Current’s Jennifer Granholm interviewed co-authors of “Millennial Momentum” Michael Hais and Morley Winograd. They argue that the Millennial generation (born ’82-’03) will be a huge force in the 2012 Presidential election- which is true. Where they may be wrong, however, is where they say Millennials will elect Obama again.

First, let’s look a the facts provided in the interview. I will use the same information to draw my own conclusion.

  • The Millennial Generation is a “civic generation”, characterized by being strongly unified in viewpoint and vision (voted 66%-32% for Obama over McCain).
  • The Millennial Generation is the largest American generation – 95 million strong. That’s twice as many Millennials as Gen X-ers.
  • Youth turned out to vote in record numbers in 2008- and many Millennials had not turned 18 yet and weren’t even able to vote.
  • This year, 60% of Millenials are of voting age.

Michael Hais says you should trust his prediction based on his record, having predicted for 2008 that  “someone like” Obama would win, with the help of the Millennials. In that instance he was proven correct. I disagree, however, that 2012 will be another slam dunk for Obama. There is much that Hais and Winograd do not acknowledge.

Being the largest generation in the country right now, the burgeoning democratic power of the Millennials cannot be denied.  A smaller version of this voting block turned out in record numbers and elected President Obama in 2008. Now, sixty percent of these 95 million people are now able to vote. That’s roughly 57 million voters ready to elect a leader who will put the country on the right course.

Where Hais loses his way is in remembering why those young voters turned out to vote Obama in 2008. Millennails did not vote for a party in 2008. They voted for principles- principles that candidate Obama seemed to share, and that President Bush clearly did not: freedom, equality, opportunity, peace, civil liberties. The nation was faced primarily with the choice between the flag-waving, terrorist-hunting, Constitution-destroying, remedial English class that was the Bush presidency, and a promising young Senator from Illinois who denounced corruption and promised us peace and freedom. In 2008, Millenials were voting just as much against Bush’s disregard for the Bill of Rights, endless war, and crony capitalism as they were voting for what seemed at the time like their generation’s JFK.

But in 2012, we see that the more things “change” the more they stay the same. This President has been no different than the last President in the most important ways, and the Millennials might just be the first generation to be smart enough to realize it (or at least well-informed enough).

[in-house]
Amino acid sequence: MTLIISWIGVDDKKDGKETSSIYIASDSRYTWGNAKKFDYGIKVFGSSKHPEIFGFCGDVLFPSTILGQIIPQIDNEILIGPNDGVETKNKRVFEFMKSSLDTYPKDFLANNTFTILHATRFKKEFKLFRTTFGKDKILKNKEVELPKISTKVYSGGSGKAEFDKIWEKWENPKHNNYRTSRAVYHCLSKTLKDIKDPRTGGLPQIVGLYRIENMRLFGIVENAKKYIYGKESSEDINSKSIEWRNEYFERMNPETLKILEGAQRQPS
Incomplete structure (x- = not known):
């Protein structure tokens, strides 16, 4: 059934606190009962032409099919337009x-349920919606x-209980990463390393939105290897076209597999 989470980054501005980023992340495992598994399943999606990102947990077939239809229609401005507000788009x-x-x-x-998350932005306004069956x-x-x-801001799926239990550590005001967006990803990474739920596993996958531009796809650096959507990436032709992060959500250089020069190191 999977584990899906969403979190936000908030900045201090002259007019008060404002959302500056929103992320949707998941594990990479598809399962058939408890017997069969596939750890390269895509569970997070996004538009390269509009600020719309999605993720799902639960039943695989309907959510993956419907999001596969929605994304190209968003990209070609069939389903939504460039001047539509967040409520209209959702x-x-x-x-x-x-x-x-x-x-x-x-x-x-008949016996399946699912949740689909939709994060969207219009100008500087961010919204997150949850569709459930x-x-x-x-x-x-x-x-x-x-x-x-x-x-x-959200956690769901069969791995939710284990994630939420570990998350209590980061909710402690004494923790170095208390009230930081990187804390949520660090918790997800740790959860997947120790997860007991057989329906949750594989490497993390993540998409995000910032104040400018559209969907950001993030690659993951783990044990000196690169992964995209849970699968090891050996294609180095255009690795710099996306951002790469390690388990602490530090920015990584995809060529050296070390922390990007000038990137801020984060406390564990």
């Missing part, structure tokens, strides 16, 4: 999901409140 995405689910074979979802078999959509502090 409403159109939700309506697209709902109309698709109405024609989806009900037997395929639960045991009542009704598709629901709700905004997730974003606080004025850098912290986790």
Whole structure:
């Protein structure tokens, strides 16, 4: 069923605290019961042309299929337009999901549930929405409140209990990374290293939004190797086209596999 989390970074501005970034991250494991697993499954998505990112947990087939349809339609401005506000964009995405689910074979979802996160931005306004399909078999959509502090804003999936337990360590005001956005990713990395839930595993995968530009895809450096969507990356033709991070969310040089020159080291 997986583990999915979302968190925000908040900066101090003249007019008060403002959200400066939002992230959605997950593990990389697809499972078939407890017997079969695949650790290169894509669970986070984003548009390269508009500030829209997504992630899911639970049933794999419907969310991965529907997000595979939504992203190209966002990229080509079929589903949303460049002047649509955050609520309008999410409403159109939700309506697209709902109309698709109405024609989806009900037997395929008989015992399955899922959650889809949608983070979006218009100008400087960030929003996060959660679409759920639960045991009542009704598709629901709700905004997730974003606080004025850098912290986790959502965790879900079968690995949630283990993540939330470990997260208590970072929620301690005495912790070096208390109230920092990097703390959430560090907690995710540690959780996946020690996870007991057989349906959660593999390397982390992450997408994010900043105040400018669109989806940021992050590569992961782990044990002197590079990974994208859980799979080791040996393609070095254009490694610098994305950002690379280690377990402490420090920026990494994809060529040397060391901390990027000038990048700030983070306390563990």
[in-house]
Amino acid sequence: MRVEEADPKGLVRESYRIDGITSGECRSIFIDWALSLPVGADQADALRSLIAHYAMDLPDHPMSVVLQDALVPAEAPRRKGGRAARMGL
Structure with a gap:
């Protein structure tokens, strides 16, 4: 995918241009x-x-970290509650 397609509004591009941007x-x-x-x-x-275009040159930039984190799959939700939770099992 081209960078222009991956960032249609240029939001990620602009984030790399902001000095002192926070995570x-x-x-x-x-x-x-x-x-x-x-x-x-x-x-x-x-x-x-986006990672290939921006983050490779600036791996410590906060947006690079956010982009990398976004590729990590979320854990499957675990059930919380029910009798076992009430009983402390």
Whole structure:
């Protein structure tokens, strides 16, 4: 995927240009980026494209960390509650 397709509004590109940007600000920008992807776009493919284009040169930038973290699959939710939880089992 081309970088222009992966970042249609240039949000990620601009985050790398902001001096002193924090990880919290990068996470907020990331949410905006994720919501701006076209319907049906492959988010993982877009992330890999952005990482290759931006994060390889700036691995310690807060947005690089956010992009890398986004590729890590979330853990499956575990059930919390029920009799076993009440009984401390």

The Millennials are the Internet Generation- they have spent their entire intellectual lives with instant access to limitless information. There is hardly a celebrity rumor, sports score, (or government scandal, Presidential usurpation or oversight) that can escape the world-wide grapevine. When Defense Secretary Leon Panetta goes in front of Congress and says “we don’t need your permission to start a war”, the video has reached a thousand people before you’ve even finished watching it. When the President sells Main Street to bail out Wall Street, the Millennials are watching. When candidate Obama promises to restore freedom, then President Obama signs the NDAA quietly on New Years’ Eve- complete with indefinite detention provisions, they are not fooled. Even with the dearth of real critical reporting in the mainstream media, popular web blogs, YouTube channels, and email distributions allow access to crucial information on the fly, instantly. After electing Obama, Millennials have watched him break one promise after another. Gone are the days of relying only on filtered, censored, pre-packaged, spun and sanitized news reports from the big television networks (which are owned by military-industrial interests in the first place).

So in 2012, Millennials are faced with the frustration being in much the same place they were in 2008: with a President running rough shod over the Bill of Rights in the name of “national security”, and printing funny money for his friends on Wall Street along the way. We heard in this interview that Millennials are notoriously unified in their principles and unless those principles have changed in the last four years, this is precisely why we cannot be sure that they will elect Barack Obama for a second term. Even a brief look at the internet today will reveal thousand upon thousands of people pointing out the hypocrisy the Obama presidency on the matters discussed above. You also see just as many doing the same for Mitt Romney and his flip-flopping history. As a wise man once said: “We can’t get fooled again!

What else do you see on the internet? Thousands supporting Ron Paul for his consistent, career-spanning fight for your individual liberty and prosperity. Grassroots videos on YouTube produced by supporters spreading the message of liberty. Video responses to those productions in support. Facebook avatars, Twitter tweets. Fan art. Music. Poetry. Even video games… the movement is omnipresent and undeniable. The nature of the internet itself lends itself to a voluntarist, libertarian philosophy- where people can do anything they can imagine, as long as it is consensual and does not employ force. Hais and I agree that the Millennials will vote the same way they did in 2008, but we disagree on what that means. It means that Millenial voters vote their principles; as long as they can overcome personal confirmation bias and get informed on the issues.

The Millenials are the Internet Generation, and the Internet is voting for Ron Paul.

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